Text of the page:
The weight of unemployment
The number jumping out at me from this morning’s employment report is 6.9 million: the total decline in employed people since December 2007. The macroeconomic effects of that kind of change are huge: if each person ends up spending $20,000 less a year on average, that adds up to $138 billion in lost economic activity.
Over 10% of US males, and over 15% of US blacks, are now unemployed — and those are percentages of people who aren’t so demoralized that they’ve simply stopped looking for work altogether. Then there’s the “marginally attached” — here’s the Labor Department’s press release on the official “discouraged workers”.
About 2.3 million persons were marginally attached to the labor force in August, reflecting an increase of 630,000 from a year earlier. (The data are not seasonally adjusted.) These individuals were not in the labor force, wanted and were available for work, and had looked for a job sometime in the prior 12 months. They were not counted as unemployed because they had not searched for work in the 4 weeks preceding the survey.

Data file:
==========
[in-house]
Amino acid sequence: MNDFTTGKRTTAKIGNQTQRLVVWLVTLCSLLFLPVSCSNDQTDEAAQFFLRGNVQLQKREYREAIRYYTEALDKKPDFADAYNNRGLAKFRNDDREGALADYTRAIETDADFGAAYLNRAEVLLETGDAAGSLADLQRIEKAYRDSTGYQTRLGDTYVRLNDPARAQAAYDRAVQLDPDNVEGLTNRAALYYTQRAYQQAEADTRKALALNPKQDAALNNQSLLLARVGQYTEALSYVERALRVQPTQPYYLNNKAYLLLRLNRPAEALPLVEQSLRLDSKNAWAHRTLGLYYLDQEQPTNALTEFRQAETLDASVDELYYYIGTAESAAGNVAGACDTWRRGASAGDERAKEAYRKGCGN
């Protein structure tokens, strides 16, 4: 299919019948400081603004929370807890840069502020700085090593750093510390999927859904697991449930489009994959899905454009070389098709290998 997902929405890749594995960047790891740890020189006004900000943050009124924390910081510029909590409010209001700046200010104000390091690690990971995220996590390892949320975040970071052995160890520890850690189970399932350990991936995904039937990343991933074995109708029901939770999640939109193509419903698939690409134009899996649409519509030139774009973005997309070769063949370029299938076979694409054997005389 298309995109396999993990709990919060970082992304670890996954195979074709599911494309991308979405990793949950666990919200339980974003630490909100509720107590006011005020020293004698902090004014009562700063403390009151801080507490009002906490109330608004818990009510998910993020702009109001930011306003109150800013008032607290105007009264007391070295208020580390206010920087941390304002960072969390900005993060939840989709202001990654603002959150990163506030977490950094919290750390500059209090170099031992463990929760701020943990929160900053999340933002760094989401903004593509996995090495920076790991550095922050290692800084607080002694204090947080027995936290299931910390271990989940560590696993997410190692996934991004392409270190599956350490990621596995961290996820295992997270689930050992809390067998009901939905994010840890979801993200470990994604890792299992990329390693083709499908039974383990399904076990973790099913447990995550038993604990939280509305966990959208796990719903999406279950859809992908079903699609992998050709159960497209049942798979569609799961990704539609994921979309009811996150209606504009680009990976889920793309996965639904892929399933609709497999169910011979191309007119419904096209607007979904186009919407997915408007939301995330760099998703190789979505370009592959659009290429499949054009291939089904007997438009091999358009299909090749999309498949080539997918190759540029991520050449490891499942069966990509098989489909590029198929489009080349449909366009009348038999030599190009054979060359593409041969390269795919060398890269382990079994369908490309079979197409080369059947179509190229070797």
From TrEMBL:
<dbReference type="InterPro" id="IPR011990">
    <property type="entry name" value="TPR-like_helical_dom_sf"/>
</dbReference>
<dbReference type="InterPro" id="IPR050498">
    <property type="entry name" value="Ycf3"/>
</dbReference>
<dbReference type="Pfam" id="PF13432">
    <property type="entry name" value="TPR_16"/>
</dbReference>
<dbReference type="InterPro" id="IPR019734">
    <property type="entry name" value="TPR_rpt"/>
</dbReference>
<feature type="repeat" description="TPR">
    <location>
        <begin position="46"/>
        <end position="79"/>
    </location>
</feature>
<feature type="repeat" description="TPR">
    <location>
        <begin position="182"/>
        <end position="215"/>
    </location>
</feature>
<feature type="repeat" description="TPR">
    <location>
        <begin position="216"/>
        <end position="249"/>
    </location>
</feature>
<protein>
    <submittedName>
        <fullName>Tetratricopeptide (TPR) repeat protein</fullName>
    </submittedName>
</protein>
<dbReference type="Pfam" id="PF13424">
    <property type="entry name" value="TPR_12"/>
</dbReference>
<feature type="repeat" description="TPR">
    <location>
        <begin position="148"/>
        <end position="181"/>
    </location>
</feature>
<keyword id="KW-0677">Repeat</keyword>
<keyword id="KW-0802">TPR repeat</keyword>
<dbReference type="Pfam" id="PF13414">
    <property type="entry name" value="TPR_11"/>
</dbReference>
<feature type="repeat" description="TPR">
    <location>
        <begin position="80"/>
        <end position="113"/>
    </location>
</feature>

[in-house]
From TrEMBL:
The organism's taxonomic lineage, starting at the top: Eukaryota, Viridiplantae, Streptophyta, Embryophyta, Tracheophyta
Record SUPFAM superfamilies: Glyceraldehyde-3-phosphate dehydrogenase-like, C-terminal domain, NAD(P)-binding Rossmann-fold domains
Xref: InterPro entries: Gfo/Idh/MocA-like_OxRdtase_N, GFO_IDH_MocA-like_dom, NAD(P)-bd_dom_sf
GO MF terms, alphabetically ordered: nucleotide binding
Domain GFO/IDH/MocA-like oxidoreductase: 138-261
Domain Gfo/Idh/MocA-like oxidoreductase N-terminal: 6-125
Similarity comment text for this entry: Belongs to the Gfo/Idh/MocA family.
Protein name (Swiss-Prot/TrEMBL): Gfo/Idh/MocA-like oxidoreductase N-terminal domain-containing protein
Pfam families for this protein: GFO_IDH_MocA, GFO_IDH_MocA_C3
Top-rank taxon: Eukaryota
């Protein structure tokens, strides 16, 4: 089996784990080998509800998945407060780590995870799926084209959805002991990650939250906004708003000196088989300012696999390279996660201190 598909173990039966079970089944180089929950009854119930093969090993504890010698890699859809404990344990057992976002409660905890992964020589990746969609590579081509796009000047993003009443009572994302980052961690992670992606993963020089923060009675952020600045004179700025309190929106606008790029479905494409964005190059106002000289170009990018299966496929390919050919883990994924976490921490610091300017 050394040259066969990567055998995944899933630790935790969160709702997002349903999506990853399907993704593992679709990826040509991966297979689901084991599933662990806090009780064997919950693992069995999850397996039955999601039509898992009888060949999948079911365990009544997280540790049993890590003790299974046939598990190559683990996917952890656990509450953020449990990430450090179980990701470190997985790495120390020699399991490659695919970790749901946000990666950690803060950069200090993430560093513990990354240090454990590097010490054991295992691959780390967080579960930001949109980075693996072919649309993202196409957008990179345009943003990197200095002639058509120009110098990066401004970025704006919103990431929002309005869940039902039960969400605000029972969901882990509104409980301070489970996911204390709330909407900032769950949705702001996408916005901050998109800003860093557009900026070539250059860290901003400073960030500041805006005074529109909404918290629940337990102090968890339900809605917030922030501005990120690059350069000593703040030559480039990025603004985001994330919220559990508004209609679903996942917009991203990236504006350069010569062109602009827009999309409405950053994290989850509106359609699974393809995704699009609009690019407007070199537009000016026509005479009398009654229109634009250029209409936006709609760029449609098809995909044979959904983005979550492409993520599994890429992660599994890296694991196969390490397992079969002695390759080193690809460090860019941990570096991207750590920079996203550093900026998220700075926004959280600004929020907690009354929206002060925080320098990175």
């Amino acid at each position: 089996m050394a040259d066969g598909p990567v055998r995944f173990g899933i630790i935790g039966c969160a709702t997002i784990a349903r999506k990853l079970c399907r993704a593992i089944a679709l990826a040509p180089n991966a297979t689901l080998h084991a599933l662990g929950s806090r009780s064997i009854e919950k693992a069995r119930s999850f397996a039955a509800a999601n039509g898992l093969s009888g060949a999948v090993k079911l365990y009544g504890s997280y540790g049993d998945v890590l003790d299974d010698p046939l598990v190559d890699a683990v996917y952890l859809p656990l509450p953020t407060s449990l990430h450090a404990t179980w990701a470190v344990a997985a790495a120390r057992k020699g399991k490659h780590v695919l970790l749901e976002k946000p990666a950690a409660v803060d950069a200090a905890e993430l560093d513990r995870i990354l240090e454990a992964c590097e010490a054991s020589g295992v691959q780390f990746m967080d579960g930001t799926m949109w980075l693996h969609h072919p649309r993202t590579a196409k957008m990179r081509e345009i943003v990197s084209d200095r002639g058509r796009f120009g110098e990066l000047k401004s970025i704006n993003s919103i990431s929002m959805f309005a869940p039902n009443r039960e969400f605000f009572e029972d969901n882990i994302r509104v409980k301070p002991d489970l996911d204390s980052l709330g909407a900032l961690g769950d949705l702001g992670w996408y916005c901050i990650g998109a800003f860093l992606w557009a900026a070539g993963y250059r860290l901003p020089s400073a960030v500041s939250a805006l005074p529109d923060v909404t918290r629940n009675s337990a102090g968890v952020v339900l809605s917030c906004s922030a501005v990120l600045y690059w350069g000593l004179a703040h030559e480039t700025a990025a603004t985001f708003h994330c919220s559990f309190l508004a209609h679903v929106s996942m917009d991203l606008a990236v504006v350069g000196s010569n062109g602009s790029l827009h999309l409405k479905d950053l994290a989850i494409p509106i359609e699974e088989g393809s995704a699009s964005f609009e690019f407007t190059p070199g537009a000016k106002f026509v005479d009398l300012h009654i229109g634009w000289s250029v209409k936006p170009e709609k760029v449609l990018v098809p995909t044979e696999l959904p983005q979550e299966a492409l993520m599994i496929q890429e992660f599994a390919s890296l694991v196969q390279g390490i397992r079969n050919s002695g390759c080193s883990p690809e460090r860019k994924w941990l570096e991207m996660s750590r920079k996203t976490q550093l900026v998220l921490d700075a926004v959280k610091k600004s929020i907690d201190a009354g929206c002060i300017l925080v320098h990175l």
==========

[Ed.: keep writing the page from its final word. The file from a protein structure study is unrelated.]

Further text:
Among the marginally attached, the number of discouraged workers in August (758,000) has nearly doubled over the past 12 months. (The data are not seasonally adjusted.) Discouraged workers are persons not currently looking for work because they believe no jobs are available for them.
The U6 measure of broad underemployment spiked up from 16.3% to 16.8% — yet another all-time high. I’m well aware that these figures are a lagging indicator, but the absolute levels alone should be more than enough to depress anybody looking for any sign that the US economy is looking remotely healthy. Markets, of course, are still high, and can always go higher. But the fundamentals look much less pretty.